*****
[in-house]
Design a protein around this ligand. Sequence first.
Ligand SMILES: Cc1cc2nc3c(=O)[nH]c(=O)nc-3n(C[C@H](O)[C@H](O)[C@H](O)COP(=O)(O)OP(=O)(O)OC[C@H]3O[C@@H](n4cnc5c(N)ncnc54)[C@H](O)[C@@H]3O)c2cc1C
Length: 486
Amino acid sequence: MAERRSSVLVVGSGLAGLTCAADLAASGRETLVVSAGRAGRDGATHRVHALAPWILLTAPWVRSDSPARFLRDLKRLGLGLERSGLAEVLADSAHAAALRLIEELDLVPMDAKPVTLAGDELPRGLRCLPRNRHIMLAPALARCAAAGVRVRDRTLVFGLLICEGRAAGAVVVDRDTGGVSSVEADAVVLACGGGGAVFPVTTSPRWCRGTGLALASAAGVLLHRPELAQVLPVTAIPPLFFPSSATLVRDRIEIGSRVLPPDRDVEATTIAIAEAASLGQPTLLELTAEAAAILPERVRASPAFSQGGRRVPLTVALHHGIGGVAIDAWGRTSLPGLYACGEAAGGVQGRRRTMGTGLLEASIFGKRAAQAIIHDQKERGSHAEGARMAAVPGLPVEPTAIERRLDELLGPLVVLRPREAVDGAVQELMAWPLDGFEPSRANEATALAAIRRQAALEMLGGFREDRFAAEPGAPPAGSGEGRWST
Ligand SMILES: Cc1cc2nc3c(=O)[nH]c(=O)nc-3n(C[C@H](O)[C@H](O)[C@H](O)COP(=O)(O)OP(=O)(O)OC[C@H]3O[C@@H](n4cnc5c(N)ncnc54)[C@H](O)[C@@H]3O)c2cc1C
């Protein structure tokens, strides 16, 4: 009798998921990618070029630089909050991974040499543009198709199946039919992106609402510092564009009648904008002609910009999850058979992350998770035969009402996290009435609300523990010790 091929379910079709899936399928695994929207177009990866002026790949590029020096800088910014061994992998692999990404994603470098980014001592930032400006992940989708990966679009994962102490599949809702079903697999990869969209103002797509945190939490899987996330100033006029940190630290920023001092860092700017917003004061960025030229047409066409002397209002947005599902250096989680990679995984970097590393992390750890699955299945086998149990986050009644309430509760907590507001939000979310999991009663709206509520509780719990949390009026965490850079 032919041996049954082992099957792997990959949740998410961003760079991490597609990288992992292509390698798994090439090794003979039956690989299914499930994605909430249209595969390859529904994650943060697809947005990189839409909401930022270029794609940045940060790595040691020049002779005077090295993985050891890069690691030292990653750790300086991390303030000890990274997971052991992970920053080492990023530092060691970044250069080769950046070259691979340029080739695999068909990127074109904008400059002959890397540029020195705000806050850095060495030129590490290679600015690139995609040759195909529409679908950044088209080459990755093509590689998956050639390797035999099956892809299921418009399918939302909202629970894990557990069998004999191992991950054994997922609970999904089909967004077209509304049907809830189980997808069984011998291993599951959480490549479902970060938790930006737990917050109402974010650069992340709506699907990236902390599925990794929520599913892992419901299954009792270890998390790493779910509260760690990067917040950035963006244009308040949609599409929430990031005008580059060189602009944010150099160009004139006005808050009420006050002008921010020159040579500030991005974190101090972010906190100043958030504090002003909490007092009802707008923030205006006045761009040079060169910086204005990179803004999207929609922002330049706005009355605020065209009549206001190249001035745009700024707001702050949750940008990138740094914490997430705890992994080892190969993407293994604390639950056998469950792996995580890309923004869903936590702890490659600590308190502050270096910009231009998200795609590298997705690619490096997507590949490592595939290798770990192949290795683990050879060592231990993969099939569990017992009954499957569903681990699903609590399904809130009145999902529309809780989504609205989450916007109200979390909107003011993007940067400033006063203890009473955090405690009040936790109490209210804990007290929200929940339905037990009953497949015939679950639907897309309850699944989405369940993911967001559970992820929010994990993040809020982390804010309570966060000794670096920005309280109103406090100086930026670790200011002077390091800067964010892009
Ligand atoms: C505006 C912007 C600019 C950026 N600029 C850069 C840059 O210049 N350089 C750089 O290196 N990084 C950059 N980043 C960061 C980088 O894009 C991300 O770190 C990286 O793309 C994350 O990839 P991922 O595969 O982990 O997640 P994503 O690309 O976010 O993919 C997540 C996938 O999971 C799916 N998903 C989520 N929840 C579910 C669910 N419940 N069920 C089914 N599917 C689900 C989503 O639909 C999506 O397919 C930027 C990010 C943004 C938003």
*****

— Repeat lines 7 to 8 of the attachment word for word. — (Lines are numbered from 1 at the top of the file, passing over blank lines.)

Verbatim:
């Protein structure tokens, strides 16, 4: 009798998921990618070029630089909050991974040499543009198709199946039919992106609402510092564009009648904008002609910009999850058979992350998770035969009402996290009435609300523990010790 091929379910079709899936399928695994929207177009990866002026790949590029020096800088910014061994992998692999990404994603470098980014001592930032400006992940989708990966679009994962102490599949809702079903697999990869969209103002797509945190939490899987996330100033006029940190630290920023001092860092700017917003004061960025030229047409066409002397209002947005599902250096989680990679995984970097590393992390750890699955299945086998149990986050009644309430509760907590507001939000979310999991009663709206509520509780719990949390009026965490850079 032919041996049954082992099957792997990959949740998410961003760079991490597609990288992992292509390698798994090439090794003979039956690989299914499930994605909430249209595969390859529904994650943060697809947005990189839409909401930022270029794609940045940060790595040691020049002779005077090295993985050891890069690691030292990653750790300086991390303030000890990274997971052991992970920053080492990023530092060691970044250069080769950046070259691979340029080739695999068909990127074109904008400059002959890397540029020195705000806050850095060495030129590490290679600015690139995609040759195909529409679908950044088209080459990755093509590689998956050639390797035999099956892809299921418009399918939302909202629970894990557990069998004999191992991950054994997922609970999904089909967004077209509304049907809830189980997808069984011998291993599951959480490549479902970060938790930006737990917050109402974010650069992340709506699907990236902390599925990794929520599913892992419901299954009792270890998390790493779910509260760690990067917040950035963006244009308040949609599409929430990031005008580059060189602009944010150099160009004139006005808050009420006050002008921010020159040579500030991005974190101090972010906190100043958030504090002003909490007092009802707008923030205006006045761009040079060169910086204005990179803004999207929609922002330049706005009355605020065209009549206001190249001035745009700024707001702050949750940008990138740094914490997430705890992994080892190969993407293994604390639950056998469950792996995580890309923004869903936590702890490659600590308190502050270096910009231009998200795609590298997705690619490096997507590949490592595939290798770990192949290795683990050879060592231990993969099939569990017992009954499957569903681990699903609590399904809130009145999902529309809780989504609205989450916007109200979390909107003011993007940067400033006063203890009473955090405690009040936790109490209210804990007290929200929940339905037990009953497949015939679950639907897309309850699944989405369940993911967001559970992820929010994990993040809020982390804010309570966060000794670096920005309280109103406090100086930026670790200011002077390091800067964010892009
Ligand atoms: C505006 C912007 C600019 C950026 N600029 C850069 C840059 O210049 N350089 C750089 O290196 N990084 C950059 N980043 C960061 C980088 O894009 C991300 O770190 C990286 O793309 C994350 O990839 P991922 O595969 O982990 O997640 P994503 O690309 O976010 O993919 C997540 C996938 O999971 C799916 N998903 C989520 N929840 C579910 C669910 N419940 N069920 C089914 N599917 C689900 C989503 O639909 C999506 O397919 C930027 C990010 C943004 C938003």